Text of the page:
After raising an initial amount of money, alert local media of the impending stunt by sending them the link to the online fundraiser and offering an interview with the principal, herself. TV news stations are always eager to cover fun, humanizing stories about local schools, and this extra exposure can attract additional donors.
6) Internet Video Festival
There was a time when a film festival could only involve the few artsy students with access to proper equipment. In this day of smartphones and YouTube, it seems anyone is capable of shooting an entertaining video.
The Internet Video Festival should look like a regular film festival. Students, parents and teachers create videos (skits, etc.) which become the entertainment for the evening. Charge admission, sell popcorn and watch the fun begin.
For an additional fundraising bonus, ask entrants to monetize their videos on YouTube. In most cases, the video will not attract enough views to generate a significant amount of revenue, but you never know when one will go viral. If someone happens to create a nugget of internet gold, your school could stand to earn thousands!
7) Arcade Night
Video games are no longer the sole territory of school-aged children. Many of today’s 30-year-old parents grew up playing Super Nintendo and still harbor a soft spot for the retro games of their childhood. Capitalize on this shared enthusiasm and raise funds by holding an Arcade Night.
The key to a successful Arcade Night is striking a balance between fun and appropriateness. Although a huge swath of popular games have no place at a school-sponsored function due to violence, there are plenty of great options that would offend only the most puritanical sensibilities. Most any game from the Mario franchise is guaranteed to be a crowdpleaser, with Mario Kart games being particularly conducive to lively competition.
For best results, try organizing the Arcade Night into a tournament. Every entrant pays a few dollars for their slot in the competition, with the glory of a trophy at the end.
Retro titles like Ms. Pac Man, Galaga or Centipede are also great options for folks who might prefer simpler games. Try to get access to some old cabinet-style arcade games or even pinball machines and charge 25 cents per play. Reserve an award for whoever claims the high score for the evening on each machine.
8) Faculty Singing Competition
For a modern take on the traditional talent show, try emulating the tried and true formula of singing competitions that dominate television today. Shows like American Idol or The Voice use a panel of judges to keep the audience engaged throughout the show, providing a narrative and (sometimes harsh) feedback for the contestants.
For contestants, round up everyone’s favorite teachers and administrators to sing the night away. Parents and students will enjoy voting for the most melodious educator at this memorable event.
Find three or four of the biggest, funniest and most enthusiastic personalities to be your judges. For best results, designate one as the “mean” judge, who will provide comic relief throughout the show with her prickly, snarky critiques. The audience will have fun booing these rude criticisms – just make sure that the joke is obvious to avoid any hurt feelings!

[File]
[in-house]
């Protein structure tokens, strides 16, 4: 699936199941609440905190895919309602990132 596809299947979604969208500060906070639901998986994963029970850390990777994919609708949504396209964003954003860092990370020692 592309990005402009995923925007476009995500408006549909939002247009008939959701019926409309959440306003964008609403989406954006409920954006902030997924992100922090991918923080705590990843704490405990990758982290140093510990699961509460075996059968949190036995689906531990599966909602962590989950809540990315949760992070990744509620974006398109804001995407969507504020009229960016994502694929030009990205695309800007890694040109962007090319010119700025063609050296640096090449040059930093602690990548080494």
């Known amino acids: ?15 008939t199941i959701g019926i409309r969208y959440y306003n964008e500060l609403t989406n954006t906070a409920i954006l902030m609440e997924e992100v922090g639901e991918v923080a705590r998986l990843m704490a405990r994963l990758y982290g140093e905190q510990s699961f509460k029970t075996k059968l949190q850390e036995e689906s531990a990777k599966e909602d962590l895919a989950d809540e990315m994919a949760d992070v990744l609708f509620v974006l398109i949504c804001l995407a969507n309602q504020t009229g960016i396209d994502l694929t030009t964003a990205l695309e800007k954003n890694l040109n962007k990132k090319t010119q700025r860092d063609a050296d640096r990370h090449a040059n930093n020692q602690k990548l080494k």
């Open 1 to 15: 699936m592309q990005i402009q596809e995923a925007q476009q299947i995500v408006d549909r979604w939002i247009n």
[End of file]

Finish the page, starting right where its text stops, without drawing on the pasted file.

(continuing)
Charge tickets for admission and sell concessions at the show.
9) “Raking” in the Cash
School fundraisers have long attempted to take business away from professional landscapers by raking leaves. However, the classic methods of promoting and running this “business” hamstrings your potential for success. You’ll only get so far on fliers and word-of-mouth.
Create a Facebook page for your fundraiser and give it a cute name. Post autumn-themed pictures and content there, and get your initial contacts (parents, friends, etc.) to like the page. As the leaves begin to turn, begin posting about your leaf-raking service, offering all sorts of “special deals,” etc.
When leaves have begun falling, you should also send information about the fundraiser and a link to the Facebook page to your small local paper or news website, who will often gladly spread the word.
Be sure to accept all forms of payment to increase the convenience for customers. PayPal will allow customers to purchase your leaf-raking services without being home to pay in person. Remember - the more streamlined the process, the more likely people will purchase.
10) Extreme Obstacle Course
Run, jump, crawl and even swim – attract strong and competitive men, women and youths to compete in an obstacle course that’s as insane as you want it to be.
Ever watch American Ninja Warrior? We love celebrating our physical prowess with great feats of strength. The harder the obstacles, the louder we cheer. Capitalize on that enthusiasm by building a course of your own and holding a local tournament to find the strongest among you.
Tires, balance beams, mud pits, ropes to scrabble under, walls to climb – the course can be as adventurous as you want. Create the course with donated or found materials and volunteered labor. Charge entrants, sell tickets to spectators and run a concession stand.
That’s our ten ideas – we hope they were a breath of fresh air! Raising money in innovative ways is what we’re all about at Bonfire, so whether you use one of these ideas or they simply help you brainstorm, thanks for reading.